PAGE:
Thursday, February 14, 2008

Happy Valentine's Day!

Hope everyone has a sweet Valentine's Day!

Check out this fascinating slideshow from the Necco website on the making of their Sweetheart conversation hearts, the classic way to say "KISS ME". I particularly love slide #2. The orange dough looks like silk.

Wednesday, February 13, 2008

Marshmallow Cones

Marshmallow Cones are one of the candies that remind me of when I was a kid. I think I was first introduced to them by my mom, who ate them when she was a kid. They are definitely a "nostalgia" candy. Marpro, the company that makes Marshmallow Cones, was founded in 1936 by John Arbino, a tailor whose livelihood was threatened by the Great Depression. At a time when people did not have a lot of money for fancy clothes, Arbino realized they did have spare change for some penny candy. He started making marshmallow candies in his spare time and became pretty successful. Somewhere in the 1950s the Marshmallow Ice Cream Cone came along, and by the end of the 1970s, Marpro discontinued all other marshmallow products and focused exclusively on the Marshmallow Ice Cream Cone.

What is it about this Marshmallow Cone that has made it last for over 50 years? Well in my humble opinion, I think a lot of their appeal belongs to the fact that they are adorable! I love the small, homemade cone topped by the whip of marshmallow streaked with lovely pastel colors. And what do they taste like? There are two components at work here, the marshmallow and the cone. The marshmallow is very light and airy. Lighter than a Peep or Kraft marshmallow, it melts a little on your tongue at first bite, then turns chewy. The cone kinda tastes like a Holy Communion wafer. In combination with the marshmallow, it's a bit strange but even that won't deter me from buying these cute little cones.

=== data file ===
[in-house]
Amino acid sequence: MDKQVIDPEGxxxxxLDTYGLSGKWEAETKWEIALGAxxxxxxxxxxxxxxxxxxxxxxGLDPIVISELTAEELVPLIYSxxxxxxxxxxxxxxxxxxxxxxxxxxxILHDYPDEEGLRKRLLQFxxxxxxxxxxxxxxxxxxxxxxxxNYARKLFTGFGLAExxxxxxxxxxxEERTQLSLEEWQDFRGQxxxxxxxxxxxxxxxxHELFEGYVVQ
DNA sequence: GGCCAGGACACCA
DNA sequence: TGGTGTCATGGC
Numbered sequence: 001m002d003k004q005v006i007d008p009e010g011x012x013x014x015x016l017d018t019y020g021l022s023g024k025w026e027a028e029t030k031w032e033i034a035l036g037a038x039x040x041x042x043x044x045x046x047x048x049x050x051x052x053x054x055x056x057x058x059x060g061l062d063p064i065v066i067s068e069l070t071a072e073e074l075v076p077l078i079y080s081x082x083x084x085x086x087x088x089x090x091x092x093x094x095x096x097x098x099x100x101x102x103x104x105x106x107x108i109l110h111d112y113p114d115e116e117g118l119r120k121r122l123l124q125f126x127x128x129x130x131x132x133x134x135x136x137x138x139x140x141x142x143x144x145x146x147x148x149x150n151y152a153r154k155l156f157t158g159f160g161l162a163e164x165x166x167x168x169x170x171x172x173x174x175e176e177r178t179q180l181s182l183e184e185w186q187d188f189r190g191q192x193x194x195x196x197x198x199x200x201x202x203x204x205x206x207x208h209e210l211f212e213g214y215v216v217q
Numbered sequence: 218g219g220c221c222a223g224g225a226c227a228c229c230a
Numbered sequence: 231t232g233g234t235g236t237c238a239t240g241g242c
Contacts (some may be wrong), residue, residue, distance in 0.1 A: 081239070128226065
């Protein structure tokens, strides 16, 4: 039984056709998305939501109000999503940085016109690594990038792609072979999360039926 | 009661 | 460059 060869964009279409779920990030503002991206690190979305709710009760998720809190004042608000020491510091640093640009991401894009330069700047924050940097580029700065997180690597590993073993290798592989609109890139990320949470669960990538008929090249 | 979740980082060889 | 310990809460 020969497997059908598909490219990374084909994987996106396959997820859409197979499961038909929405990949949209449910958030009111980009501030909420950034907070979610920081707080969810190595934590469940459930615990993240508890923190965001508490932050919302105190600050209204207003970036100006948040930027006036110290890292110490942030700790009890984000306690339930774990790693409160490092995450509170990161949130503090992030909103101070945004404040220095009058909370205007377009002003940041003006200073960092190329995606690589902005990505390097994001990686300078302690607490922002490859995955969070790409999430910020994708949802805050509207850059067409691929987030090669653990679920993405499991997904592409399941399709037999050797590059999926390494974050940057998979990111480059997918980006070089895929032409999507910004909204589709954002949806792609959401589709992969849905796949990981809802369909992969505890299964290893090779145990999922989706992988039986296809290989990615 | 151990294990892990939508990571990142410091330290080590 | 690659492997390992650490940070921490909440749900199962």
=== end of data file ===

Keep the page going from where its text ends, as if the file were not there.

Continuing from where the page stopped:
Check out the Marpro website for cool pics of Marshmallow Cones being made:

Sunday, February 10, 2008

My Gumball Machine

I wanted a vintage gumball machine for a long time and my friend Kurt, the flea market master, finally found me one at a great price. Here's a picture of it in all it's half-filled glory. Who would have thought this machine would fit more than 3 1/2 pounds of gumballs? Now all I have to do is find a bulk supplier.

Monday, February 04, 2008

Chi, Chi, Chi, Chick-O-Stick!

At first glance, the Chick-O-Stick appears rather strange. Is it sweet? Is it some kind of dehydrated vegetable? I'm here to tell you - do not fear the Chick-O-Stick. It is possibly one of the most delicious "retro" candies out there.

The Chick-O-Stick has been made by Texas' Atkinson Candy Company since 1932. The two main flavors of the Stick are coconut and sweet, salty peanut butter. If I was forced to compare a C-O-S to any other candy, it would have to be a Butterfinger, but only to a certain extent. They both have an crisp, orange, peanutty core, however the center of the C-O-S has what I like to think of as little tubes of real peanut butter laced throughout. On top of that, the entire stick is covered in very fine toasted coconut. Altogether, it's a delicious piece of candy. And at $0.25 a pop, you can't afford to pass it up!